WASHINGTON, April 23: Former CIA Director George Tenet is expected to blame US Vice President Dick Cheney for forcing the agency to come out with insubstantial evidence to tie Iraq to the attacks of 9/11.
America’s chief spook, who was forced into retirement nearly three years ago, also blames former President Bill Clinton for the agency’s failure in predicting the 9/11 attacks.
Mr Tenet describes how he had to establish a back-channel relationship in the late 1990s with Republican Newt Gingrich, who was then House speaker, to obtain a much-needed influx of dollars for the intelligence community.
Leaks made to the media show that his book — “At the Center of the Storm: My Years at the CIA” — will take shots at key members of President Bush's inner circle.
Mr Tenet served as CIA director under Presidents Clinton and Bush and oversaw the country's intelligence response during the stormy days in
the wake of September 11 and the run up to the invasion of Iraq in 2003.
He resigned on June 3, 2004, over his alleged role in giving inaccurate information to the administration on the presence of weapons of mass destruction in Iraq.
In the book, he details how the White House and the Pentagon – and not just the CIA – share blame for the mistakes made in Iraq.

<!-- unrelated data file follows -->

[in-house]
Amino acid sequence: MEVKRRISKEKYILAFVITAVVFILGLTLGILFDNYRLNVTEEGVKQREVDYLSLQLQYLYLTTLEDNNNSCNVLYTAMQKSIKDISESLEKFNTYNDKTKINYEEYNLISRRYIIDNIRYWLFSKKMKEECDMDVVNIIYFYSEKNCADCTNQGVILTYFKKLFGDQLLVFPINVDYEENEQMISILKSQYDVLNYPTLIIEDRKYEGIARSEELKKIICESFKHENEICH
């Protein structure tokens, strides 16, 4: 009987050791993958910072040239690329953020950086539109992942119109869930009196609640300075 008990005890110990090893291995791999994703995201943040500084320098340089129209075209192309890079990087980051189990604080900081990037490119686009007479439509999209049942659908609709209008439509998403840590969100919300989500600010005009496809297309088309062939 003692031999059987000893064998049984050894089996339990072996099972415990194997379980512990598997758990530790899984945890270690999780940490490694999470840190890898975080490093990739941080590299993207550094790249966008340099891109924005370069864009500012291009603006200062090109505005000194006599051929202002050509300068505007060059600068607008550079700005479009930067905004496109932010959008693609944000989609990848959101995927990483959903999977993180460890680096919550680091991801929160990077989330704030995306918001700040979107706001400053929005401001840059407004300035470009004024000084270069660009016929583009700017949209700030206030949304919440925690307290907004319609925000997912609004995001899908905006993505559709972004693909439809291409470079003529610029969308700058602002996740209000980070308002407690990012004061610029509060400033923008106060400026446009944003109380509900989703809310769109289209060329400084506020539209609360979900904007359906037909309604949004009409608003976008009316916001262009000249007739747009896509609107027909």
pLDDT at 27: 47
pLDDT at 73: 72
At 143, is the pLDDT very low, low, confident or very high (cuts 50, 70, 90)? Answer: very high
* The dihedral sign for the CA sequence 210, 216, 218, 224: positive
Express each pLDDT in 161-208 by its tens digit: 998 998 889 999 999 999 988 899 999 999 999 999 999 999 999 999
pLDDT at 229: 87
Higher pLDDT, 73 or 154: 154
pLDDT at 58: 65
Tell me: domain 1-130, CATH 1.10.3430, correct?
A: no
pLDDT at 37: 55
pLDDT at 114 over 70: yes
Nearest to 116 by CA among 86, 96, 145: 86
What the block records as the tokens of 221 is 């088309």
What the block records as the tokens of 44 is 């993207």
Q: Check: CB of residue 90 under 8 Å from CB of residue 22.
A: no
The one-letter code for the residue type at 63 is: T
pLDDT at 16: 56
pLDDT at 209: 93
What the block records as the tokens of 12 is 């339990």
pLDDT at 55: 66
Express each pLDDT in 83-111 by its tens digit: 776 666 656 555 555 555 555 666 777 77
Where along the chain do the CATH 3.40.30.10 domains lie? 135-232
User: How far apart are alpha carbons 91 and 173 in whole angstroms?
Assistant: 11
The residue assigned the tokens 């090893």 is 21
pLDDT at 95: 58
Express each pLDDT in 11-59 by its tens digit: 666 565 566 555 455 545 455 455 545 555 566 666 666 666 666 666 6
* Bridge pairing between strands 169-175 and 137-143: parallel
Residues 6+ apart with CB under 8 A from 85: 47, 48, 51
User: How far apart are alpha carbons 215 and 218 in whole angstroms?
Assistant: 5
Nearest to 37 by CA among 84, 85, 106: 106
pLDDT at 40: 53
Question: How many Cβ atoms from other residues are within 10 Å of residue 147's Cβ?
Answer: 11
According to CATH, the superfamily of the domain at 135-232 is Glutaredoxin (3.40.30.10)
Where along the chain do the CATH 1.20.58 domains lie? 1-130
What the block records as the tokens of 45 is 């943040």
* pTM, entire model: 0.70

Mr Tenet received $4 million for the book, which has a print run of 300,000.
But repeated delays to the publication date, now set for next Monday, suggest there have been arguments with the vetters about what could be included.
The reputation of Secretary of State Condoleezza Rice, who was national security adviser at the time of the 9/11 attacks, is certain to take a battering. The two have already clashed over Mr Tenet's claim that in July 2001 he gave Dr Rice a full briefing about the threat of a spectacular Al Qaeda attack on America.
She said she could not remember such an explicit warning.
Mr Tenet is also expected to blame Vice-President Cheney and his office and neoconservative former Pentagon officials such as Paul Wolfowitz and Douglas Feith for America’s failures in Iraq.
He claims that they rejected the CIA's belief that there was little evidence of a link between Saddam Hussein's Iraq and al-Qaeda, and ran their own separate intelligence-gathering operation at the Defence Department.
One of the few people to come out well from the book is Colin Powell, the former secretary of state. General Powell's famous 2003 speech to the UN about Saddam's weapons programs, which did so much to make the case for the war in Iraq but was rapidly demolished, was scripted by Mr Tenet and his deputy.
Mr Tenet also claims that the CIA warned the White House that Iraq could fall apart once the invasion was over, but that President Bush and his allies did not want to listen.